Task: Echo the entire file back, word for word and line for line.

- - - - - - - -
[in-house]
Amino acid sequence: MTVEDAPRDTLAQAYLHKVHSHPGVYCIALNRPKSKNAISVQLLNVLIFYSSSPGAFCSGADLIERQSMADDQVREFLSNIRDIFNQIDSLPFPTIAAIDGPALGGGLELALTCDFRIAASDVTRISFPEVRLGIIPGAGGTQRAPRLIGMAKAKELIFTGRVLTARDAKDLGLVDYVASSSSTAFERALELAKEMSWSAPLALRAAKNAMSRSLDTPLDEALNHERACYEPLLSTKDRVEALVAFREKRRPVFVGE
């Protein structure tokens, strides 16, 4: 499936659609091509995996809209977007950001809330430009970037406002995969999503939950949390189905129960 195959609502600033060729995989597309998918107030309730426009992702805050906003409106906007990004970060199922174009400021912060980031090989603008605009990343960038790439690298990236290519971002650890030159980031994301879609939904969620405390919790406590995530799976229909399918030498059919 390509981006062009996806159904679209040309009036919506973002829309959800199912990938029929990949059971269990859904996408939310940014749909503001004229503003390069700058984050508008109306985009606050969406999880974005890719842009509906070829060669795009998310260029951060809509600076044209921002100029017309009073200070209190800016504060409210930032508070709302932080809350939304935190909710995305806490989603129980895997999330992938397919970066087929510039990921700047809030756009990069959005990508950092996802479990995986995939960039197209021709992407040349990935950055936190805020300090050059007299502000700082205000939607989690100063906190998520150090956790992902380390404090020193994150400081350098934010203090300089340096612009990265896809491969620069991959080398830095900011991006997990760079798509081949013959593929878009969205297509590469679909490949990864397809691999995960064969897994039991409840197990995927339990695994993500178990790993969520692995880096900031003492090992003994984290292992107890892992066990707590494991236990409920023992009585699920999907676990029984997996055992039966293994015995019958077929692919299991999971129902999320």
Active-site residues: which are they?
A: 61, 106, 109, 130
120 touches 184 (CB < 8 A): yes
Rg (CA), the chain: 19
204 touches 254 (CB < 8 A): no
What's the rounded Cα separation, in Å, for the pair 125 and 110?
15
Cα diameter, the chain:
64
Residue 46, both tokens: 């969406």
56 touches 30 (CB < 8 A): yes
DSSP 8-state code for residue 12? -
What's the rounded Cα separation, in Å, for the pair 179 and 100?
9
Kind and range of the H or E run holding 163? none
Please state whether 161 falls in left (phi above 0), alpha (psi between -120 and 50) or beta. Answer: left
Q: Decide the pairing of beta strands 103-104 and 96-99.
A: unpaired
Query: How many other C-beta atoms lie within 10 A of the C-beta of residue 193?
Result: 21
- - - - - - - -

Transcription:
[in-house]
Amino acid sequence: MTVEDAPRDTLAQAYLHKVHSHPGVYCIALNRPKSKNAISVQLLNVLIFYSSSPGAFCSGADLIERQSMADDQVREFLSNIRDIFNQIDSLPFPTIAAIDGPALGGGLELALTCDFRIAASDVTRISFPEVRLGIIPGAGGTQRAPRLIGMAKAKELIFTGRVLTARDAKDLGLVDYVASSSSTAFERALELAKEMSWSAPLALRAAKNAMSRSLDTPLDEALNHERACYEPLLSTKDRVEALVAFREKRRPVFVGE
């Protein structure tokens, strides 16, 4: 499936659609091509995996809209977007950001809330430009970037406002995969999503939950949390189905129960 195959609502600033060729995989597309998918107030309730426009992702805050906003409106906007990004970060199922174009400021912060980031090989603008605009990343960038790439690298990236290519971002650890030159980031994301879609939904969620405390919790406590995530799976229909399918030498059919 390509981006062009996806159904679209040309009036919506973002829309959800199912990938029929990949059971269990859904996408939310940014749909503001004229503003390069700058984050508008109306985009606050969406999880974005890719842009509906070829060669795009998310260029951060809509600076044209921002100029017309009073200070209190800016504060409210930032508070709302932080809350939304935190909710995305806490989603129980895997999330992938397919970066087929510039990921700047809030756009990069959005990508950092996802479990995986995939960039197209021709992407040349990935950055936190805020300090050059007299502000700082205000939607989690100063906190998520150090956790992902380390404090020193994150400081350098934010203090300089340096612009990265896809491969620069991959080398830095900011991006997990760079798509081949013959593929878009969205297509590469679909490949990864397809691999995960064969897994039991409840197990995927339990695994993500178990790993969520692995880096900031003492090992003994984290292992107890892992066990707590494991236990409920023992009585699920999907676990029984997996055992039966293994015995019958077929692919299991999971129902999320």
Active-site residues: which are they?
A: 61, 106, 109, 130
120 touches 184 (CB < 8 A): yes
Rg (CA), the chain: 19
204 touches 254 (CB < 8 A): no
What's the rounded Cα separation, in Å, for the pair 125 and 110?
15
Cα diameter, the chain:
64
Residue 46, both tokens: 């969406």
56 touches 30 (CB < 8 A): yes
DSSP 8-state code for residue 12? -
What's the rounded Cα separation, in Å, for the pair 179 and 100?
9
Kind and range of the H or E run holding 163? none
Please state whether 161 falls in left (phi above 0), alpha (psi between -120 and 50) or beta. Answer: left
Q: Decide the pairing of beta strands 103-104 and 96-99.
A: unpaired
Query: How many other C-beta atoms lie within 10 A of the C-beta of residue 193?
Result: 21